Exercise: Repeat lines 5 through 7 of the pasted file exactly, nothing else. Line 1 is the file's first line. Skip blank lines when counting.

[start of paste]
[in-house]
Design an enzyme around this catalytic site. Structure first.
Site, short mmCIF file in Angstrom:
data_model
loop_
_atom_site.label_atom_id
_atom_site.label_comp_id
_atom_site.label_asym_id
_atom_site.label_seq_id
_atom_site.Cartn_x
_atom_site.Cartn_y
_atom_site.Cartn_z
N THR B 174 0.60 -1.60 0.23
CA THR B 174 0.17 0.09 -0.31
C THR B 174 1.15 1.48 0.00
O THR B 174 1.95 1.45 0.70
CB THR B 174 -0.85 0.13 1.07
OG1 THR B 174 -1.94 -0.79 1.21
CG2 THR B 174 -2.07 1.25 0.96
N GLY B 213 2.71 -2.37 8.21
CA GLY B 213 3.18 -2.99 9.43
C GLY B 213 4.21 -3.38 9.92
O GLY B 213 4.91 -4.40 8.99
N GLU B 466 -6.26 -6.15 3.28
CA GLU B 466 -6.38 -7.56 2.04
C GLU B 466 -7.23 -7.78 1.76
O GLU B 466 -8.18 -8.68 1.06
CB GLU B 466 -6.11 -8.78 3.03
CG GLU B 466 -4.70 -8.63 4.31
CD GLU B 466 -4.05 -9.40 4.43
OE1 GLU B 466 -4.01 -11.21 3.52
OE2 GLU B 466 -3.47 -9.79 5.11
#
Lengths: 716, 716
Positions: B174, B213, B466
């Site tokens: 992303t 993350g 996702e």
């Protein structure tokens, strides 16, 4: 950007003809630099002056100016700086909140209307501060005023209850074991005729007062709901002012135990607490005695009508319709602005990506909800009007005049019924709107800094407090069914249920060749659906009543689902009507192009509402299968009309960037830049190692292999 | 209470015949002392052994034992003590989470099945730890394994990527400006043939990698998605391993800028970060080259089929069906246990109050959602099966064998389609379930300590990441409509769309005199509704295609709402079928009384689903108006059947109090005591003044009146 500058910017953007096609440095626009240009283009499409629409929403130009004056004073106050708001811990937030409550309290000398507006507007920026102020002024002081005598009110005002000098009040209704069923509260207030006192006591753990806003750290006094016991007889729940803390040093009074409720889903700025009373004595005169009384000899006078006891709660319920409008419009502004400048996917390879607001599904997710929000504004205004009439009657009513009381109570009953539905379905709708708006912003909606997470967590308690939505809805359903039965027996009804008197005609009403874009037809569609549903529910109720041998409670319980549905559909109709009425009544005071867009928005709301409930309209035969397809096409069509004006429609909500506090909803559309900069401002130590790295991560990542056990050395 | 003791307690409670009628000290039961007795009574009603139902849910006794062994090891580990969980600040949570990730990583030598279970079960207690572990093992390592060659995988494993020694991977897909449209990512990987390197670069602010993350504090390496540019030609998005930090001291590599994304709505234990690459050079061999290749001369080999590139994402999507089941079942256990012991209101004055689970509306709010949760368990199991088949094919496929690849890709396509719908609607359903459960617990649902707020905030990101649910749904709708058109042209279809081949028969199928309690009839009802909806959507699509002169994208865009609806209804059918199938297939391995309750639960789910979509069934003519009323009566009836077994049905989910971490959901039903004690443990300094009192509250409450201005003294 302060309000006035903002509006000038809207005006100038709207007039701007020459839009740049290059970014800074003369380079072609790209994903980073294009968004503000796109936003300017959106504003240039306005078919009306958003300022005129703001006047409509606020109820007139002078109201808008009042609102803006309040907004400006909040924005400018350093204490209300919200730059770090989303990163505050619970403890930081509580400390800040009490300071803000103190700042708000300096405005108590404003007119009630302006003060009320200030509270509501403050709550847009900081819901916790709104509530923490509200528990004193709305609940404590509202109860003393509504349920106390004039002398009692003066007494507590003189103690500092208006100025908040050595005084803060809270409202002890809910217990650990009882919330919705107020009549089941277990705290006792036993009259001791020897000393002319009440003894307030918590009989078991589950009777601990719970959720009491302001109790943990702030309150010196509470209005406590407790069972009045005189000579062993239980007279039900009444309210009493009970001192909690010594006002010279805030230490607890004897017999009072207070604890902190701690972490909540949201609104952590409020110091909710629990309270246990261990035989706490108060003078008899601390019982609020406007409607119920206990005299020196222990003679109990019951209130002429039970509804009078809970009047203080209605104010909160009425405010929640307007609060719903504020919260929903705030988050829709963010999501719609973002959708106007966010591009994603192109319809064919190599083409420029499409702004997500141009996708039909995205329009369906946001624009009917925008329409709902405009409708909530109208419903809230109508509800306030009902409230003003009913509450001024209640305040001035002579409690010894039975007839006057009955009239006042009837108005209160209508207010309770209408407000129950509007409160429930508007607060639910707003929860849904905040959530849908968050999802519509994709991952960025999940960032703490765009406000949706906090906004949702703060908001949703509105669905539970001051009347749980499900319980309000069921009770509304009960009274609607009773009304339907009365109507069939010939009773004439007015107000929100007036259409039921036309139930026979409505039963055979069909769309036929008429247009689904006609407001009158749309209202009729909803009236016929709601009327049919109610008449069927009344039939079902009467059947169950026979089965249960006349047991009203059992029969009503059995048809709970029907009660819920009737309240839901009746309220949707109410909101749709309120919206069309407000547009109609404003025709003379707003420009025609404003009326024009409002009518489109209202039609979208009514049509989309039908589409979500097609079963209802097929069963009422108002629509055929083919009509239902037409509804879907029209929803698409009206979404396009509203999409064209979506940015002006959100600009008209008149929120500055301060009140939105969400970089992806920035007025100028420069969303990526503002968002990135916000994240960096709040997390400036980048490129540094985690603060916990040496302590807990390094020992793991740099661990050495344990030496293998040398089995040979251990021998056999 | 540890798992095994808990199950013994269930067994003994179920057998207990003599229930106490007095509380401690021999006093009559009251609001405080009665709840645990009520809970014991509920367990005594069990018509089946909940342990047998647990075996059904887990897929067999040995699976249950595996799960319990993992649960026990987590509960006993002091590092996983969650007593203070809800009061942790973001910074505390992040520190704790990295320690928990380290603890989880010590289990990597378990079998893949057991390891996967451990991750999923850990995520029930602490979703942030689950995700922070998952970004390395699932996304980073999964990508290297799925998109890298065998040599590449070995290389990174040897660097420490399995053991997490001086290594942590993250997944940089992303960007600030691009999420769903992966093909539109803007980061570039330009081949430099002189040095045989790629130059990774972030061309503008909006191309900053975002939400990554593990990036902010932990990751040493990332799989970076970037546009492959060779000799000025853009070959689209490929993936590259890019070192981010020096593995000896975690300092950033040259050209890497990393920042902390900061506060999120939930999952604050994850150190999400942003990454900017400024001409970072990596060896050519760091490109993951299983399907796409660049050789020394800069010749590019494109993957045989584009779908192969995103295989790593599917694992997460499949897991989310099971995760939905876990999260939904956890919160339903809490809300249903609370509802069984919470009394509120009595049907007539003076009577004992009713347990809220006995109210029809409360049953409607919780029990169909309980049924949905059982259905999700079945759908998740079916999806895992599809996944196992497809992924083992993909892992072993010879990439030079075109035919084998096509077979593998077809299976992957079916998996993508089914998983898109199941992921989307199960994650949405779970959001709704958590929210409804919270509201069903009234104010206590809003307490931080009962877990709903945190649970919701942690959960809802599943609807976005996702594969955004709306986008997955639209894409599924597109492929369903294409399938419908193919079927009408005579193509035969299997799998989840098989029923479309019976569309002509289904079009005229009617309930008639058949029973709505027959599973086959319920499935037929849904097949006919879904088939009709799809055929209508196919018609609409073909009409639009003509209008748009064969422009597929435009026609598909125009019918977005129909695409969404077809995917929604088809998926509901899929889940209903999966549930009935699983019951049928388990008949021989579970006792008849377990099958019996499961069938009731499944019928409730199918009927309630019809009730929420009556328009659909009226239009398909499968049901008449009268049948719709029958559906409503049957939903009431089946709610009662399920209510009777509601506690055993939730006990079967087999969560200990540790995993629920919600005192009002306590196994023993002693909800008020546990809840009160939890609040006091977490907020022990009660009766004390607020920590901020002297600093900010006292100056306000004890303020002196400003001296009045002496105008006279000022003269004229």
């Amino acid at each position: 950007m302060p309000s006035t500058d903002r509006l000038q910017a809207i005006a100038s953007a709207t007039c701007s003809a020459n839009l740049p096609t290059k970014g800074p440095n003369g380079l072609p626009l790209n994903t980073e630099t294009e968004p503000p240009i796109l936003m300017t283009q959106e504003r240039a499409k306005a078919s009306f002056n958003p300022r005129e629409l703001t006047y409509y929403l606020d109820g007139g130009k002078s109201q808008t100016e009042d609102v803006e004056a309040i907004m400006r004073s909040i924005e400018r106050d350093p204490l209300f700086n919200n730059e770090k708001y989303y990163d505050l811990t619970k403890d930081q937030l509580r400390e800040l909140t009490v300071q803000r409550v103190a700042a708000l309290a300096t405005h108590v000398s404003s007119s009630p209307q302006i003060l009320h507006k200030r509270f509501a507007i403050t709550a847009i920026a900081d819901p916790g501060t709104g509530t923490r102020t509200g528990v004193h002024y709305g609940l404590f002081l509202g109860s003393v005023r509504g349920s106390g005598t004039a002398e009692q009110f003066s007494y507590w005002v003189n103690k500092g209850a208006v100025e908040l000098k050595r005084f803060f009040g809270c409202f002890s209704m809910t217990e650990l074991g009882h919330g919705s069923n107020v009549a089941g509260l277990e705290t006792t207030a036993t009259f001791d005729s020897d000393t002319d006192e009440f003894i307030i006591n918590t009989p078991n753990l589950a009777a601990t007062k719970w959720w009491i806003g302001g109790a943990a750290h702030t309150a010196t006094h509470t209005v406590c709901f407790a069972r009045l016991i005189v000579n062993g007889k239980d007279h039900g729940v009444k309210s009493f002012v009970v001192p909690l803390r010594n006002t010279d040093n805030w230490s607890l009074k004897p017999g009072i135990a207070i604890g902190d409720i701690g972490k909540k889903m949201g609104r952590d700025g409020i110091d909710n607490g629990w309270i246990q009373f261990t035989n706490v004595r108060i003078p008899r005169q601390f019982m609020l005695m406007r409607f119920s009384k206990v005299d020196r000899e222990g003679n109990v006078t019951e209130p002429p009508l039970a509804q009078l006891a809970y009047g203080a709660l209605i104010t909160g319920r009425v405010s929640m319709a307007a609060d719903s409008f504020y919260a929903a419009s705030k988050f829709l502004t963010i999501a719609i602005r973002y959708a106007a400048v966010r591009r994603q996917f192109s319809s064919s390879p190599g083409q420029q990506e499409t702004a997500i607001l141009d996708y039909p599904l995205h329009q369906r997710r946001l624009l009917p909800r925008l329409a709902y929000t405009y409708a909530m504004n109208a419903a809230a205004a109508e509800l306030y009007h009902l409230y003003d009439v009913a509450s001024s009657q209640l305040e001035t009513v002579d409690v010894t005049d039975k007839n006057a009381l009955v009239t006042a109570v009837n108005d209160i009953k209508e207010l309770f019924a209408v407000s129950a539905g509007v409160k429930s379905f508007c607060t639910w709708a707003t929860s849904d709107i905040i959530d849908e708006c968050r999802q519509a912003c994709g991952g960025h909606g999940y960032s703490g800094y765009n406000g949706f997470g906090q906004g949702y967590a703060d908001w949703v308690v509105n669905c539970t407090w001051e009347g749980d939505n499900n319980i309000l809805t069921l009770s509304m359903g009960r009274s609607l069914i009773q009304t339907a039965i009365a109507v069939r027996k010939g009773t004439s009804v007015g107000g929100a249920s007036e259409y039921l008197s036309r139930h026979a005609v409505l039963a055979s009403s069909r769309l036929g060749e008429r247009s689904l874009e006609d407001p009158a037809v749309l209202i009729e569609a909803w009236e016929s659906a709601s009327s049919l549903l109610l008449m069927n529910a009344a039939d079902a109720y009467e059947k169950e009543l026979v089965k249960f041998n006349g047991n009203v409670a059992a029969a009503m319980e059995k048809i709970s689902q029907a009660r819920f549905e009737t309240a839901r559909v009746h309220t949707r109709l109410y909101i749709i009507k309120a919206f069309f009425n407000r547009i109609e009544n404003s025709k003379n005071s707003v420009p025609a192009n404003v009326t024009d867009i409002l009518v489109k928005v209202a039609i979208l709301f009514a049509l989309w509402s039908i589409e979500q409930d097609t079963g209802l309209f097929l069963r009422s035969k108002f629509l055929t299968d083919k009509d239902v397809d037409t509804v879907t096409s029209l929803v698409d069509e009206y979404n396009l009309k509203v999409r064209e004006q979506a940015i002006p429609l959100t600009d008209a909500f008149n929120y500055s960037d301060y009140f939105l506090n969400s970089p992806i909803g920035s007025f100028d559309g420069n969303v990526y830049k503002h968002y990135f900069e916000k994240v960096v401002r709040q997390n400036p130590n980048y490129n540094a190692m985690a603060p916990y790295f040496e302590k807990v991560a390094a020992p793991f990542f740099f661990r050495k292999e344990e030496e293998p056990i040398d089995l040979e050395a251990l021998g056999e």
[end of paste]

loop_
_atom_site.label_atom_id
_atom_site.label_comp_id